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On the morning of April 4, a dozen or so graduate students and postdoctoral fellows gathered in the offices of Elena Aprile, a physics professor at Columbia University, to get their first look at the data from an experiment on the other side of the world. In a tunnel deep under Gran Sasso, Italy, Dr. Aprile and an international team of scientists had wired a vat containing 134 pounds of liquid xenon to record the pit-pat of invisible particles, the so-called dark matter that astronomers say constitutes a quarter of the universe.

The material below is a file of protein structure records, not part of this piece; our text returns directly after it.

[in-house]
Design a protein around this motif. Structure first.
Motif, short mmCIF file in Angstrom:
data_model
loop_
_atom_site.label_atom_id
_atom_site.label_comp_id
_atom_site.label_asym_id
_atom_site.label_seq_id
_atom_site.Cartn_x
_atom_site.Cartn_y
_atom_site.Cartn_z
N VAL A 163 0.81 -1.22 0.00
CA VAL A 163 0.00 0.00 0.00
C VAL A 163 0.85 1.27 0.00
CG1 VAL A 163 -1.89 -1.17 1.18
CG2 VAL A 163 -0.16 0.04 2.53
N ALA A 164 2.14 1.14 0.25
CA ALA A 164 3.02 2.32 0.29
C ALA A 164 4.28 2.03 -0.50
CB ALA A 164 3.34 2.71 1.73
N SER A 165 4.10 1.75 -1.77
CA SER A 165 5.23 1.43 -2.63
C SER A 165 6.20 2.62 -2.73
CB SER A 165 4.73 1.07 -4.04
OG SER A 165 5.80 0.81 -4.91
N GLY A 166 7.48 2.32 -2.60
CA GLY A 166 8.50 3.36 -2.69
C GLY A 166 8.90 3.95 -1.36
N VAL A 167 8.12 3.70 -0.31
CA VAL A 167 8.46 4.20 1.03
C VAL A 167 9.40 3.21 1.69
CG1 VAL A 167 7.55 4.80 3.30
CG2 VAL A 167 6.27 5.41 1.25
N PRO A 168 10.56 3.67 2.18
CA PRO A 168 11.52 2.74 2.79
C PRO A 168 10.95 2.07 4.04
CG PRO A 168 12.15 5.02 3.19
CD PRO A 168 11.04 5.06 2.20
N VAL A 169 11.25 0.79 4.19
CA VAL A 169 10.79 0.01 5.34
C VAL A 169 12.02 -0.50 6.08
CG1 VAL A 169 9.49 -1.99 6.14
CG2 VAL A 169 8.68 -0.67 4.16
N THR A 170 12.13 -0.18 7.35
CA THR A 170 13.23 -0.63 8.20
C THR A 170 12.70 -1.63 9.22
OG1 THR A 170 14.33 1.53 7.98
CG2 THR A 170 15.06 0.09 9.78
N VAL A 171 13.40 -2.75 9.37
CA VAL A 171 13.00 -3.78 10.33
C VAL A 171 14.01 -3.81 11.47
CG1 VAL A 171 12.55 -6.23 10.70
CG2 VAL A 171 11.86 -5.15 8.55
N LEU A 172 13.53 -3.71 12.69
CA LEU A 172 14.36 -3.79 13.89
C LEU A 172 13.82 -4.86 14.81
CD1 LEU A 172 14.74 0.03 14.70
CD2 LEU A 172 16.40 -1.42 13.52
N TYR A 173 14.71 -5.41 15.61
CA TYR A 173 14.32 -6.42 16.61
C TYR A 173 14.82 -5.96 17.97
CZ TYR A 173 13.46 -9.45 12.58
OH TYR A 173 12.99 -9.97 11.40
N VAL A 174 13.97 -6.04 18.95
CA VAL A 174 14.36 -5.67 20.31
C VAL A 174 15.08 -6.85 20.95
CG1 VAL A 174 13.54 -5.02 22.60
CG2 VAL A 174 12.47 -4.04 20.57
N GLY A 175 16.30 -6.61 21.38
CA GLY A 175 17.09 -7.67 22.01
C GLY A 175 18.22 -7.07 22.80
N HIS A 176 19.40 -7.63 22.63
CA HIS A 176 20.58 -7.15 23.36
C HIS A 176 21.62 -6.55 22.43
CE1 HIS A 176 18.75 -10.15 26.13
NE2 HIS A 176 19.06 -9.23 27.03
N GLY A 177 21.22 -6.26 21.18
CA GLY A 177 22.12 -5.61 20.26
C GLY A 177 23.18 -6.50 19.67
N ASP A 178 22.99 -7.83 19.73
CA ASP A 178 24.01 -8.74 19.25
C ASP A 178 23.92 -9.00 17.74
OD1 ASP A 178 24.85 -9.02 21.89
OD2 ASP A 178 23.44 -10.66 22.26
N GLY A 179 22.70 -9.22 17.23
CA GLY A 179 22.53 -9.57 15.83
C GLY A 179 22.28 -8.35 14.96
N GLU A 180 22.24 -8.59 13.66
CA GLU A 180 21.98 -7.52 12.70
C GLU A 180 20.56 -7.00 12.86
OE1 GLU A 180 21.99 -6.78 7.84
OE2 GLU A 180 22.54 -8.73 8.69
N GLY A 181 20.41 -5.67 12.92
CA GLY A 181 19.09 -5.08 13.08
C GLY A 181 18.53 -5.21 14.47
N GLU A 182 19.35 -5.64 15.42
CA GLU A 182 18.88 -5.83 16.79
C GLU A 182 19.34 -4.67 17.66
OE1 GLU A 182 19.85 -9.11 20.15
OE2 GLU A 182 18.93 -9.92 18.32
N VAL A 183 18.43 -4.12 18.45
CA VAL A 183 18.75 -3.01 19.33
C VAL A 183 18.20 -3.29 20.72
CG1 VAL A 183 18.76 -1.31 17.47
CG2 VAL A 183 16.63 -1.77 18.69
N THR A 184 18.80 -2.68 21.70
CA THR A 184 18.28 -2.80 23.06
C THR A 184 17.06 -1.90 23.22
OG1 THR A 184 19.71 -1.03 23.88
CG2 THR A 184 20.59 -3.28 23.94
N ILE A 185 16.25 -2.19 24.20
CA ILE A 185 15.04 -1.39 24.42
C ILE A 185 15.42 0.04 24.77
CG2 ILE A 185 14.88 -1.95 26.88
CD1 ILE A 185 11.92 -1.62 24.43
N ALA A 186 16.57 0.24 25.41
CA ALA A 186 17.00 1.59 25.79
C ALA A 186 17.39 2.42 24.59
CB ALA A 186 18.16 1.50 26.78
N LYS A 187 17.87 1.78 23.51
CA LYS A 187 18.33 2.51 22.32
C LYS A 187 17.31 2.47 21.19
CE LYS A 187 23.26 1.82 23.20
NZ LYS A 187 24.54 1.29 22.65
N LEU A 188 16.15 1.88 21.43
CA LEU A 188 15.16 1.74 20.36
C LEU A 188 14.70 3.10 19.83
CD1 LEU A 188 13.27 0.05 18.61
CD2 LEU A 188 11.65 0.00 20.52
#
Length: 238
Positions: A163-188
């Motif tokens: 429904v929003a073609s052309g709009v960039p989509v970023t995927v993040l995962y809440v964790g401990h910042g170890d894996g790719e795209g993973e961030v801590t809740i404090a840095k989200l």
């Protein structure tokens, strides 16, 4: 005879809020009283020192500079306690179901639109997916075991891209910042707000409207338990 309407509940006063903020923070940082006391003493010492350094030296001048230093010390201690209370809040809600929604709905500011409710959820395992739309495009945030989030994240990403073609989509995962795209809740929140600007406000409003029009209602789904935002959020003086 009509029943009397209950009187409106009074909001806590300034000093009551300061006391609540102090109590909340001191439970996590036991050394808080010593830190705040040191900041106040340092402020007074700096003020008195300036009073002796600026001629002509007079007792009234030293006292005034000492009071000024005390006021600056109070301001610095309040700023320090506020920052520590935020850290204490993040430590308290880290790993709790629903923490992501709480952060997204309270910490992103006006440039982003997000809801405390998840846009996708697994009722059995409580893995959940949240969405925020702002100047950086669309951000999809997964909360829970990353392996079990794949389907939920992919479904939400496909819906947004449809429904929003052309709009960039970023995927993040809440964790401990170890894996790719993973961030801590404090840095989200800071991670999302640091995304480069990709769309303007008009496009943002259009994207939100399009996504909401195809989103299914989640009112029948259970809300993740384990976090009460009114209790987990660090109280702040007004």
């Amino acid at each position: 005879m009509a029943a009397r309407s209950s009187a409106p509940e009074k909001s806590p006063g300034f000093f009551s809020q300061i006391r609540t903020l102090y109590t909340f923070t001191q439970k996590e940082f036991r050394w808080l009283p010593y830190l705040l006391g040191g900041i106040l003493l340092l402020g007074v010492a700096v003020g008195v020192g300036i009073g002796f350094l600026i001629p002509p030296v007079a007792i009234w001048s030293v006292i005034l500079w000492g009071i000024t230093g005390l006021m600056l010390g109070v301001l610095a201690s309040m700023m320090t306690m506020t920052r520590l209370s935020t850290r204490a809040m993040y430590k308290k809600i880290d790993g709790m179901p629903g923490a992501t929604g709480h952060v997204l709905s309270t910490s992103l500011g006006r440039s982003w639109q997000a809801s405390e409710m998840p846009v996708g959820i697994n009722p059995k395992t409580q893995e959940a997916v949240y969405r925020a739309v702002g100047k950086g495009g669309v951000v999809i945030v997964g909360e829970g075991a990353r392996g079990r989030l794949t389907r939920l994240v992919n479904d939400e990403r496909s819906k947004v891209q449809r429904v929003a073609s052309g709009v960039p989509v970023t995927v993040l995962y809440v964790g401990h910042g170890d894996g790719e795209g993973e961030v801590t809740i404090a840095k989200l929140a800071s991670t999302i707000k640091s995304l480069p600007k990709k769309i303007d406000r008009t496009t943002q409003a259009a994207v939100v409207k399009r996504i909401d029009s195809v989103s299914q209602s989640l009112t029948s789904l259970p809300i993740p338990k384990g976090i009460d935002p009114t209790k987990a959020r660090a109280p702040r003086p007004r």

Photographers were on hand to record the action — after all, you never know — although theoretical calculations suggested that with only 100 days of observation, the xenon experiment was probably still shy of the time necessary to see dark matter. “We will not discover dark matter today,” Dr. Aprile said. “We will be doing this again and again.”

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Category: Science
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